Monday, August 8, 2022

Because of train strikes, football fans are giving away tickets for the semi-finals of the Women’s European Championship

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There are no trains leaving Milton Keynes on Wednesday evening when up to 30,000 fans are expected to watch the Germany v France game

Germany plays France on Wednesday evening. Up to 30,000 fans are expected to attend the 8pm game in Milton Keynes but supporters will have little public transport.

Football fans have told I They are trying to sell or give away their tickets for the semi-finals of the European Women’s Championship because of the national train strike.

The country’s rail network is expected to come to a virtual standstill as the RMT union goes on strike with Network Rail and says only a “very limited” service will operate, ending by 6.30pm.

That means fans may be able to catch a train from London if they leave before 5pm, but they won’t be able to bring one home.

James Doe, who lives in Shepherd’s Bush, west London, was due to take his nine-year-old daughter Rayanne with him but is now trying to give his tickets away for free.

“We were in London for some group games so I thought, ‘Milton Keynes isn’t too far away, we could come back every now and then,'” he said.

“But it was clear to me as soon as I saw the date of the strike. It’s really disappointing.”

UEFA is advising people not to use the trains at all, and fans are also being urged not to drive to the stadium as there is no parking.

Instead, UEFA suggests either going to Milton Keynes city center and using a free shuttle bus, or using a National Express bus service from London Victoria.

However, some fans said that when they went to National Express’ website today, the tickets were expensive at £32 each way and would not return to London until 00:30.

A spokesman for the company said the price should not be more than £16 each way, adding: “We have added additional capacity since the rail strike announcement to meet the extra demand, with some seats still available.

“All tickets have a standard price of £16 each way, which has not increased and is competitive compared to rail or car.”

Still, the situation has made fans look for alternative options.

Mr Doe, 47, runs a football listings website called The London Football Guide and says he has been in contact with a number of Germany fans in recent days who are also struggling to get to the game.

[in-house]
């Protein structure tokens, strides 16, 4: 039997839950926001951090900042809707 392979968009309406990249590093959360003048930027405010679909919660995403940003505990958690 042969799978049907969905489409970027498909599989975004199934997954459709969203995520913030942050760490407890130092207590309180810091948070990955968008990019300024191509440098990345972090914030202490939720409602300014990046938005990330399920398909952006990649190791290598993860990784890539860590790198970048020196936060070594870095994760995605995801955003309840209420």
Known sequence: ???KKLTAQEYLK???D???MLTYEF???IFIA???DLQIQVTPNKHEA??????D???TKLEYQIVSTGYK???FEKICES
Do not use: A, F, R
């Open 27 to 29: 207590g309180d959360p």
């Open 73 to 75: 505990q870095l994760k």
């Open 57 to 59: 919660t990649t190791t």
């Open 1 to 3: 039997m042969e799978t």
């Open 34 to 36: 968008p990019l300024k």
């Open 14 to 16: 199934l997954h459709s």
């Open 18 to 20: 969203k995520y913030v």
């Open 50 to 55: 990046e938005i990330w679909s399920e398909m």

“We were going to go to a club together and take a cab, but in the end they cut their losses and went with the National Express option,” he said.

“I was also looking at a hotel and that’s going to be £100 so I’ve decided to give the tickets away if someone takes them.”

He added: “I would think there will be empty seats. A lot of German fans have complained that it’s difficult to get there.”

Another fan, who asked not to be named, said he was trying to sell two adult tickets and two child tickets at face value of £75 because he could no longer travel to the match.

“I wanted to go upstairs with my family, but I don’t have a car,” he said. “The National Express option offered is ridiculously expensive for the four of us so unfortunately I have to see if I can sell my tickets.

“It’s a real shame as we were looking forward to it.

“It looks like other people are in the same boat when it comes to selling tickets.”

Mr Doe believes more attention would have been paid to the issue had the strike affected a men’s game with a similar profile.

“Undoubtedly, no question,” he said. “It feels like nobody mentioned it at the moment.”

In response to the strike news earlier this month, Conservative MP and former Sport Secretary Tracey Crouch made a similar argument.

“I rarely come here to burn my bra but I’d bet it wouldn’t have happened during a major men’s football tournament, especially if it had involved a likely England game,” she tweeted.

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